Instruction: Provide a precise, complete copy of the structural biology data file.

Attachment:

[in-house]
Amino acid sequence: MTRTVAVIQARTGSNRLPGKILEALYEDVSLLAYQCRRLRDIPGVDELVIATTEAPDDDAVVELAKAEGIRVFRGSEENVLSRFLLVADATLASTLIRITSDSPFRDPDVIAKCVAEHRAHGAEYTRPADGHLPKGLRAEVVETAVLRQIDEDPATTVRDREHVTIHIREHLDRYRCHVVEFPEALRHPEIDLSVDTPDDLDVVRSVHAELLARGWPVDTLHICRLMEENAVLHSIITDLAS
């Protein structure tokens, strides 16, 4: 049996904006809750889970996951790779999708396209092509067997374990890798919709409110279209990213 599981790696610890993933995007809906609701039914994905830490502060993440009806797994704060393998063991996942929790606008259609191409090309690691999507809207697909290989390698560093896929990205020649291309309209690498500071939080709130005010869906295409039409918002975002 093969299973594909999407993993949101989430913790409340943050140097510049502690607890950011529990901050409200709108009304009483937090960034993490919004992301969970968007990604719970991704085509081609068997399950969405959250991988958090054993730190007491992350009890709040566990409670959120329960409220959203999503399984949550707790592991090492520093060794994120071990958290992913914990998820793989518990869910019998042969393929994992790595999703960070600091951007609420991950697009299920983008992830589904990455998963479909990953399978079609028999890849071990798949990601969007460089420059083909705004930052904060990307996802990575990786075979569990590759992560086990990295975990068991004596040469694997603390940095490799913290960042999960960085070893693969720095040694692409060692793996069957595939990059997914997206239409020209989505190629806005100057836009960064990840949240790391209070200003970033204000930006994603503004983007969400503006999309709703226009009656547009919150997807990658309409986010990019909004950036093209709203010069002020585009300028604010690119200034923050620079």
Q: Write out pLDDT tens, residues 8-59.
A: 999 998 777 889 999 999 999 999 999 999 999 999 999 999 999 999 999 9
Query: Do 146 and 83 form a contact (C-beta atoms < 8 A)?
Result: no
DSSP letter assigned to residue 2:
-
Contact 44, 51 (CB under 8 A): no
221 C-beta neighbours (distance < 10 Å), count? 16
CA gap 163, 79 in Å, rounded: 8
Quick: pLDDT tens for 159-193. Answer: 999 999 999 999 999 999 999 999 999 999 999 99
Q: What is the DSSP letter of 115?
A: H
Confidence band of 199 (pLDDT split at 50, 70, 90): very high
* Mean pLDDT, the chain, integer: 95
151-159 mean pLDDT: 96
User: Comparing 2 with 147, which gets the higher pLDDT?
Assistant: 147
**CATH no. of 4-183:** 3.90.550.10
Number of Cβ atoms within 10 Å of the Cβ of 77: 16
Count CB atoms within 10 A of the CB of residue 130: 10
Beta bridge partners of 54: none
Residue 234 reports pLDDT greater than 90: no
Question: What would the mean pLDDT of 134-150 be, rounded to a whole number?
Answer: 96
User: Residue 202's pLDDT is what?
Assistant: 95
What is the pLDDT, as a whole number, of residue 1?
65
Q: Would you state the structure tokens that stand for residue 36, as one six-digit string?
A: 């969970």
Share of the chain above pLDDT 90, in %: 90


[in-house]
Amino acid sequence: MTRTVAVIQARTGSNRLPGKILEALYEDVSLLAYQCRRLRDIPGVDELVIATTEAPDDDAVVELAKAEGIRVFRGSEENVLSRFLLVADATLASTLIRITSDSPFRDPDVIAKCVAEHRAHGAEYTRPADGHLPKGLRAEVVETAVLRQIDEDPATTVRDREHVTIHIREHLDRYRCHVVEFPEALRHPEIDLSVDTPDDLDVVRSVHAELLARGWPVDTLHICRLMEENAVLHSIITDLAS
């Protein structure tokens, strides 16, 4: 049996904006809750889970996951790779999708396209092509067997374990890798919709409110279209990213 599981790696610890993933995007809906609701039914994905830490502060993440009806797994704060393998063991996942929790606008259609191409090309690691999507809207697909290989390698560093896929990205020649291309309209690498500071939080709130005010869906295409039409918002975002 093969299973594909999407993993949101989430913790409340943050140097510049502690607890950011529990901050409200709108009304009483937090960034993490919004992301969970968007990604719970991704085509081609068997399950969405959250991988958090054993730190007491992350009890709040566990409670959120329960409220959203999503399984949550707790592991090492520093060794994120071990958290992913914990998820793989518990869910019998042969393929994992790595999703960070600091951007609420991950697009299920983008992830589904990455998963479909990953399978079609028999890849071990798949990601969007460089420059083909705004930052904060990307996802990575990786075979569990590759992560086990990295975990068991004596040469694997603390940095490799913290960042999960960085070893693969720095040694692409060692793996069957595939990059997914997206239409020209989505190629806005100057836009960064990840949240790391209070200003970033204000930006994603503004983007969400503006999309709703226009009656547009919150997807990658309409986010990019909004950036093209709203010069002020585009300028604010690119200034923050620079």
Q: Write out pLDDT tens, residues 8-59.
A: 999 998 777 889 999 999 999 999 999 999 999 999 999 999 999 999 999 9
Query: Do 146 and 83 form a contact (C-beta atoms < 8 A)?
Result: no
DSSP letter assigned to residue 2:
-
Contact 44, 51 (CB under 8 A): no
221 C-beta neighbours (distance < 10 Å), count? 16
CA gap 163, 79 in Å, rounded: 8
Quick: pLDDT tens for 159-193. Answer: 999 999 999 999 999 999 999 999 999 999 999 99
Q: What is the DSSP letter of 115?
A: H
Confidence band of 199 (pLDDT split at 50, 70, 90): very high
* Mean pLDDT, the chain, integer: 95
151-159 mean pLDDT: 96
User: Comparing 2 with 147, which gets the higher pLDDT?
Assistant: 147
**CATH no. of 4-183:** 3.90.550.10
Number of Cβ atoms within 10 Å of the Cβ of 77: 16
Count CB atoms within 10 A of the CB of residue 130: 10
Beta bridge partners of 54: none
Residue 234 reports pLDDT greater than 90: no
Question: What would the mean pLDDT of 134-150 be, rounded to a whole number?
Answer: 96
User: Residue 202's pLDDT is what?
Assistant: 95
What is the pLDDT, as a whole number, of residue 1?
65
Q: Would you state the structure tokens that stand for residue 36, as one six-digit string?
A: 């969970």
Share of the chain above pLDDT 90, in %: 90